Late last month, researchers from the Universities of Michigan and Illinois, along with Google, discovered that in many parts of the world the opportunistic STARTTLS encryption for email can be easily broken. Following that result, the company decided it will start warning Gmail users when the emails they deliver to other email providers are sent unencrypted.
The new venture is part of the company's quest to improve email encryption. Google started on the path about a year ago when it launched the Safer Email campaign to encourage other email providers to use STARTTLS encryption. Google can encrypt its own emails, but not everyone uses Gmail. If other providers don't support STARTTLS encryption, then those emails, even from Gmail users, will be sent unencrypted to their destinations.
Since then, multiple providers have begun supporting STARTTLS, but according to Google, the biggest boost in email encryption was offered by Microsoft's and Yahoo's adoption of the protocol. However, many smaller providers still don't offer it to their users, so now Google is taking the step to warn its Gmail users when they send an email to a provider that doesn't properly support STARTTLS.
Google discovered that in some places of the world, such as Tunisia, attackers were tampering with the requests to initiate encryption for email. It also uncovered some malicious DNS servers publishing bogus routing information to email servers looking for Gmail. This type of attack can be used to censor or modify messages before they reach their destination. The company said it will be working with other partners from the Messaging, Malware and Mobile Anti-Abuse Working Group (M3AAWG) to strengthen the opportunistic email encryption with technologies already used in Chrome to protect websites against interception.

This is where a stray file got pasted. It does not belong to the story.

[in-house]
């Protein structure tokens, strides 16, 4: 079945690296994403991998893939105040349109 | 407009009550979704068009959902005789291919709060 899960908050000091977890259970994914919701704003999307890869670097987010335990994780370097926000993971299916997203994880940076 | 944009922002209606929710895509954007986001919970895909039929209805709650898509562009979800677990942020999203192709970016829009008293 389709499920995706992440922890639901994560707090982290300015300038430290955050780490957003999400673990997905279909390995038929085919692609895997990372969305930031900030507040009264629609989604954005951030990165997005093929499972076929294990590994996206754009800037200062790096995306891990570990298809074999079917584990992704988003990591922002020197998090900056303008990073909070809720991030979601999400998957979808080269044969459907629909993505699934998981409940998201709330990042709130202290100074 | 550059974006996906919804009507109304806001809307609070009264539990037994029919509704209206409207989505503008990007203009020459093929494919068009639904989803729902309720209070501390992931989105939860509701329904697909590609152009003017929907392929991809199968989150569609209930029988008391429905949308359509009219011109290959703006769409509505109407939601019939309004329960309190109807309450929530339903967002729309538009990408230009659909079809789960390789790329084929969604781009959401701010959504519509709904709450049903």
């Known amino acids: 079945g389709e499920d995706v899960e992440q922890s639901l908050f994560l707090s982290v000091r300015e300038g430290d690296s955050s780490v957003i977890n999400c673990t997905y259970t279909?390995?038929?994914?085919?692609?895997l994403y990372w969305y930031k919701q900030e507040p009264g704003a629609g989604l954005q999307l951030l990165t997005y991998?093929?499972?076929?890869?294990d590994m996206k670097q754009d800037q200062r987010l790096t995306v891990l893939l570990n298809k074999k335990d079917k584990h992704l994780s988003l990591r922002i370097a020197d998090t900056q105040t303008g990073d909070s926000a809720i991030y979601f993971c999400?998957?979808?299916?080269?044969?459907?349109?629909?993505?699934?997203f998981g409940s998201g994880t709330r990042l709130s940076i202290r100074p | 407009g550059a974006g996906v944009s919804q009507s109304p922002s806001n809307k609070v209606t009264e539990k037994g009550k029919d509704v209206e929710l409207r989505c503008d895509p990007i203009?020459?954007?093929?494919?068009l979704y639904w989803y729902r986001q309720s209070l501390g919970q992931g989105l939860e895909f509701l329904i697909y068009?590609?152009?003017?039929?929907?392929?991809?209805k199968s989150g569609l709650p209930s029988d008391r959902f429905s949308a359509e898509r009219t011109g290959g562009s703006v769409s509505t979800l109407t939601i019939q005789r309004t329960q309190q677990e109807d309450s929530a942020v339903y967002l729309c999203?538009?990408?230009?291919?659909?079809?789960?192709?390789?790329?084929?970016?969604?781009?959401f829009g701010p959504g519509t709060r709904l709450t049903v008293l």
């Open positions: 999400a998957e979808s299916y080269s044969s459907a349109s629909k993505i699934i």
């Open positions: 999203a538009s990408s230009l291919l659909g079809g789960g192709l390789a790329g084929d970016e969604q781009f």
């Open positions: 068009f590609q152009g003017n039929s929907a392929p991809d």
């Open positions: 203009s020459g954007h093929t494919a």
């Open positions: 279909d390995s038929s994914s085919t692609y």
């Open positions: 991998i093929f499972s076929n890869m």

Gmail users should start seeing the unencrypted email warnings in a few months. Google has also been working on an "End-to-End" encryption browser extension ever since the Snowden revelations in 2013, but it hasn't mentioned any progress on it in about a year.
Lucian Armasu joined Tom’s Hardware in early 2014. He writes news stories on mobile, chipsets, security, privacy, and anything else that might be of interest to him from the technology world. Outside of Tom’s Hardware, he dreams of becoming an entrepreneur.